England v Australia, 4th Investec Test, Chester-le-Street August 8, 2013

Lyon seeks turn in fortunes

With the identity of Australia's specialist spinner still undecided, Nathan Lyon has much to gain - or lose - in the next two Tests

In the lead-up to this Ashes series, Steven Smith was described in the Sun as "a bit-part leggie who bowled himself into specialist batsman status". It was an apt portrait, for Smith played his first two Tests against Pakistan in England as a frontline spinner batting at No. 8, his next three in the last, pre-Argus Ashes as a No. 6 or 7 bowling plenty of overs, and now he is a promising top-six batsman whose legbreaks are rusty, if not completely corroded.

Somehow, he is also Australia's leading spinner in the series. In the 22 overs Michael Clarke has asked of Smith in the first three Tests, he has sent down some full tosses so juicy they could be served for breakfast but he has also winkled out four wickets at 22.25, including Ian Bell twice. His bowling is Australian cricket in a microcosm: good enough at its best, park standard at its worst.

Nathan Lyon would be pretty happy to have Smith's record in this series. Left out for the first two Tests on pitches that suited spin, Lyon was brought in at Old Trafford, where there was more pace and bounce in the surface and the fast men bowled well. There was also turn, though, and Graeme Swann collected five first-innings wickets and six for the match. Lyon managed 1 for 95 from his 35 overs.

Of course, life is very different for Lyon than it is for Smith, or even for Swann. As a part-timer, Smith's introduction for a handful of overs can push a batsman into his shell, trying to avoid the ignominy of falling to him, or over the edge, trying to score too freely. Swann has the benefit of bowling to a line-up with several left-handers who must handle the ball turning away, while outside of Smith and Clarke, few of the Australians use their feet well.

Lyon must also bowl to a batting line-up stacked with right-handers, for Alastair Cook is the only member of England's top seven who bats left-handed. That was one of the reasons the inexperienced teenager Ashton Agar was preferred over Lyon for the first two Tests at Trent Bridge and Lord's, despite the fact that Lyon had taken nine wickets in his previous Test, against India in Delhi in March.

Now, the pressure is back on Lyon to show why he is the No. 1 man. Swann has collected 19 wickets at 27.36 so far in this series, while Australia's specialist spinners between them have three victims at 117.00. Not that Lyon bowled badly in his only appearance, at Old Trafford - he looped the ball at times and found some turn - but he dried up runs more than threatened wickets. Such roles are necessary in a Test attack.

But the next two Tests are a big chance for Lyon to add some important wickets to his tally on pitches that will give him some assistance. How often, for example, will he encounter sluggish, grass-free surfaces during the return Ashes series in Australia later this year? "A little bit dry and quite slow" was how Smith described the Chester-le-Street pitch for the fourth Test when he first saw it on Wednesday.

The words could just about describe Lyon. That requires clarification, for it is in no way a comment on his intelligence. Rather, it is a reflection of Lyon's easygoing attitude. He is a laid-back individual with a deadpan sense of humour. He takes everything in his stride. Even after his demotion following the Chennai Test in India earlier this year he was still smiling, pleased with how he had turned the ball through the gate to bowl Sachin Tendulkar.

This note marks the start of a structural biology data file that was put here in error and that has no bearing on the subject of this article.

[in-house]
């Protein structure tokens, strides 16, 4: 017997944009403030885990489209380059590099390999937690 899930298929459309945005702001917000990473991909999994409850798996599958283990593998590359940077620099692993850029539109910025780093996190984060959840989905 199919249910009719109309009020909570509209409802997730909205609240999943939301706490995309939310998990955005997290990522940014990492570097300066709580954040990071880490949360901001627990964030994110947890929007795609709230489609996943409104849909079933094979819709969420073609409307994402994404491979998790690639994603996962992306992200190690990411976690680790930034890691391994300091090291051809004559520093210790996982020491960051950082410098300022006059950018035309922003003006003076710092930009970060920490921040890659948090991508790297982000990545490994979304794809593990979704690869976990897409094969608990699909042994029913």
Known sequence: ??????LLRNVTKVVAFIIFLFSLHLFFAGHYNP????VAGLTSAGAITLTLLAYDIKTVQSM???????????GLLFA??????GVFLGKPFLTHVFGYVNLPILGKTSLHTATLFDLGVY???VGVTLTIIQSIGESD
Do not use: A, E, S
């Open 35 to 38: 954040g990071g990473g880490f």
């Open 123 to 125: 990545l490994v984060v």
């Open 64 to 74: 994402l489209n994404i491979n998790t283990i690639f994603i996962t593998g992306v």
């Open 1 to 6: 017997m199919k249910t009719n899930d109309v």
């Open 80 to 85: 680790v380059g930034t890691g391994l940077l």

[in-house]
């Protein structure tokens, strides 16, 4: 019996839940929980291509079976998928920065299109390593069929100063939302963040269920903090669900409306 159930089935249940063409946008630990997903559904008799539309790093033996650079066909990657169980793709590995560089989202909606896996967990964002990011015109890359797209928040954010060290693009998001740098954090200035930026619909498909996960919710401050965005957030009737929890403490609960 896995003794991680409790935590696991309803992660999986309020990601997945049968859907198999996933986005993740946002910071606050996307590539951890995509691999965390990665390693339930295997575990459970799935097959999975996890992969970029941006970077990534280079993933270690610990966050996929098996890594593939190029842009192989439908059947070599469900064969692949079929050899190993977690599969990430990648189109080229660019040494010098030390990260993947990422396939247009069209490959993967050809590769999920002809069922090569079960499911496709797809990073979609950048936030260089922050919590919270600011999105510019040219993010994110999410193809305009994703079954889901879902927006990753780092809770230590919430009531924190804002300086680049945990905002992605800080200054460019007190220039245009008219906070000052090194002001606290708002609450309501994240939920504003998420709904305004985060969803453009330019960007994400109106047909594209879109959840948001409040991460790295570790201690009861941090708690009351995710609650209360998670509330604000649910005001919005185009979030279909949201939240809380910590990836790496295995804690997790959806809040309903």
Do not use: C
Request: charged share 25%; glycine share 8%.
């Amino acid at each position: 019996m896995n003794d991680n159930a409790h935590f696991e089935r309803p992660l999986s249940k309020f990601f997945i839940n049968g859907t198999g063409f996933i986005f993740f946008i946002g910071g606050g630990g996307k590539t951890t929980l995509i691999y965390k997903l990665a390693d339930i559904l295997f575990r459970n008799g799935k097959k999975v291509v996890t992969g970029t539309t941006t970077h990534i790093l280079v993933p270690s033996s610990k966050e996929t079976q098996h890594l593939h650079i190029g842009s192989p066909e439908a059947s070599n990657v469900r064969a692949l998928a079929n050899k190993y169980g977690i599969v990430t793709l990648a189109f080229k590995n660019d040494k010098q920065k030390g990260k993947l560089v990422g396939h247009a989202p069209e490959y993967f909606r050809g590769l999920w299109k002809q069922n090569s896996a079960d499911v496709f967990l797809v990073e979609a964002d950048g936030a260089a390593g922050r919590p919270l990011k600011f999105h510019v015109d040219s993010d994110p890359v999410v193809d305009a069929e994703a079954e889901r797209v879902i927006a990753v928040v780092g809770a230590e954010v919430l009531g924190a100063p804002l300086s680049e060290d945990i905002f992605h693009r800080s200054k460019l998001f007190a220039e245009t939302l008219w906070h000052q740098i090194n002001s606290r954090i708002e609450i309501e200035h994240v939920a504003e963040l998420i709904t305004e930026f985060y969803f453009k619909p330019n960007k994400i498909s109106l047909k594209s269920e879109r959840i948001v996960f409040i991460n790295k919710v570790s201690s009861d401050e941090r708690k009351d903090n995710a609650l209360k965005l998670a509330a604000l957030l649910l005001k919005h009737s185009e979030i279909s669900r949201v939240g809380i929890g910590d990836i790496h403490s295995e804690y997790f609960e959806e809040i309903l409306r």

MS Dhoni had demolished Lyon in that Test and at Old Trafford Kevin Pietersen threatened a similar destruction by advancing to Lyon and lofting him down the ground for sixes. Bell replicated the approach. There is no question that England's batsmen will continue to go after Lyon over the next two Tests. How he responds will be a test of his character. He is the best spinner in Australia but the selectors have shown they are willing to drop Lyon, and he cannot afford a wicket drought on dry pitches.

"We would have seen a lot more wickets if Lyono was given a chance to bowl in the second innings," Clarke said of the Old Trafford washout. "There were things Nathan wanted to work on and has done so over the last couple of months. He's spent a lot of time at the Centre of Excellence with his spin bowling coach and on the Australia A tour he had him over in England for a while.

"I think he's bowling beautifully at the moment. I think he's bowling at a good pace. He always seems to get a lot of bounce, which is a great strength to have, and watching him bowl the other day it looks like he's getting good drift away from the right-handers as well. His shape is there, which is a really positive sign, so I think he's bowling really well and I think he would have picked up a lot of wickets on that last day if given the opportunity."

The opportunity didn't come on the last day at Old Trafford, but it will over the next two Tests. There is much for Lyon to gain during these matches, for he can prove why he should have been part of this side from the first Test at Trent Bridge, and why he deserves the initial chance during the home Ashes. There is also much to lose, if he fails to have impact with wickets. By the home summer, Agar could be in the mix again and Fawad Ahmed will be considered if he starts the season well.

Lyon has ten days of Ashes cricket to lock himself in as the No. 1 spinner. Outbowling Steven Smith would be a good start.

Brydon Coverdale is an assistant editor at ESPNcricinfo. He tweets here